Who has had success grinding mill table top???
Close
Login to Your Account
Results 1 to 11 of 11
  1. #1
    Join Date
    Jan 2019
    Country
    UNITED STATES
    State/Province
    Arizona
    Posts
    10
    Post Thanks / Like
    Likes (Given)
    5
    Likes (Received)
    1

    Default Who has had success grinding mill table top???

    I got this old bridgeport mill a few weeks ago and I'm thinking about having the table top ground to take out the very many dings,dents, nicks, and drill holes, about .030 should take care of almost all of it. Right now I'm in the middle of cleaning and rebuilding all of the movements X,Y&Z replacing bearings,knee gears, and repainting. For its age 1957, its not in too bad of shape just lots of old grease and grime and the table top is horrendous. once I get it back together I'll put an indicator on it and see how true the table is before I decide to grind or not.

    I know conventional wisdom says you have to have all the ways scraped in if you clean up the table top but I'm sure many tables have been reground with out doing all the scraping and suffered no real issues.

    Who has had success grinding table top only and not having all the ways scraped?

  2. #2
    Join Date
    Apr 2006
    Location
    Manchester, England
    Posts
    8,251
    Post Thanks / Like
    Likes (Given)
    1200
    Likes (Received)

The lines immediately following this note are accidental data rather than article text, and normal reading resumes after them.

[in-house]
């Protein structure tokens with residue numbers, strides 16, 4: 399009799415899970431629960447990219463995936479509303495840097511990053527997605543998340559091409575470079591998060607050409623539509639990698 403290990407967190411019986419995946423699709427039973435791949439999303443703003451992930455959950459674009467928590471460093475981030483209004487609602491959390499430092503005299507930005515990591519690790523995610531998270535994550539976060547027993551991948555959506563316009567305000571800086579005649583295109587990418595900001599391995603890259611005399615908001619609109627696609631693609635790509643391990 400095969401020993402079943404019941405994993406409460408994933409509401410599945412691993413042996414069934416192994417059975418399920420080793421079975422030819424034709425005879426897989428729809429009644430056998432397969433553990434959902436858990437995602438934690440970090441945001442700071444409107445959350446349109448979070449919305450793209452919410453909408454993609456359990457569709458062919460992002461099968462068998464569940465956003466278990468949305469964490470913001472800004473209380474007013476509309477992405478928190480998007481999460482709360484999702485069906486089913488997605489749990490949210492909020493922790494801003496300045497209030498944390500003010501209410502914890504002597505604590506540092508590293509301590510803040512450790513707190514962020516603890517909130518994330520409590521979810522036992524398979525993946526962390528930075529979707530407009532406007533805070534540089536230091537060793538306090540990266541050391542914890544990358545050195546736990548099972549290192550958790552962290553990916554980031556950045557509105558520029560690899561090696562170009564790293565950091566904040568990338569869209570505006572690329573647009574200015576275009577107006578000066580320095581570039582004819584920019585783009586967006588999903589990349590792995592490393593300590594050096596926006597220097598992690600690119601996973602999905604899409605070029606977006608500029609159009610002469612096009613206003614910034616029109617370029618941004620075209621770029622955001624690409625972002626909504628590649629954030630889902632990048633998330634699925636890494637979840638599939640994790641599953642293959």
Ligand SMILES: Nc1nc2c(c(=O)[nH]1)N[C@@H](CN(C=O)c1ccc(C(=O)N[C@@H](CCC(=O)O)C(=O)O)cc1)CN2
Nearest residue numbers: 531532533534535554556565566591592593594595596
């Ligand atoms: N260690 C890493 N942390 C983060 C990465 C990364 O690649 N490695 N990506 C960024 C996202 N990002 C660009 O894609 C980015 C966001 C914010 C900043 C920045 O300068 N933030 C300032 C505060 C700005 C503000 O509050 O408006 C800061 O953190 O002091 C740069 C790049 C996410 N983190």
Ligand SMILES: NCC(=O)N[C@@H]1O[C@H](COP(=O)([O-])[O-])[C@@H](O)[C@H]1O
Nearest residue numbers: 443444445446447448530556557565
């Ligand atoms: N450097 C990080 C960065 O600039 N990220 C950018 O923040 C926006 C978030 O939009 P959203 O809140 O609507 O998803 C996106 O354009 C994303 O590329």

5227

    Default

    Quote Originally Posted by Alterego View Post
    I got this old bridgeport mill a few weeks ago and I'm thinking about having the table top ground to take out the very many dings,dents, nicks, and drill holes, about .030 should take care of almost all of it. Right now I'm in the middle of cleaning and rebuilding all of the movements X,Y&Z replacing bearings,knee gears, and repainting. For its age 1957, its not in too bad of shape just lots of old grease and grime and the table top is horrendous. once I get it back together I'll put an indicator on it and see how true the table is before I decide to grind or not.

    I know conventional wisdom says you have to have all the ways scraped in if you clean up the table top but I'm sure many tables have been reground with out doing all the scraping and suffered no real issues.

    Who has had success grinding table top only and not having all the ways scraped?
    Me, but believe it or not this was the table on a brand new machine I'd just installed.

    Later that day the operator came to see me and said " Tyrone, that table on that new machine is tapered ". I said " It can't be, it's brand new ".

    He replied " Well I've just miked it on four corners and it has a 0.010" taper from end to end ".

    Cut a long story short he was dead right, the table was tapered. That's inspite of the manufacturers inspection test charts all being filled in and signed as correct. If I hadn't have seen it with my own eyes I would have never believed it ! How they managed to make such a balls up I'll never know. I suspect vodka played a big part in it.

    Anyway the manufacturers agent was summoned and once he'd seen the problem he agreed to pay for me removing the table and having it ground parallel at a local grinding specialists. I refitted the table later and we never had another problem with it.

    Regards Tyrone.

  3. Likes Asquith, Paolo_MD, Demon73, 4GSR, Alterego liked this post
  4. #3
    Join Date
    Jul 2007
    Country
    UNITED KINGDOM
    Posts
    4,785
    Post Thanks / Like
    Likes (Given)
    2535
    Likes (Received)
    2326

    Default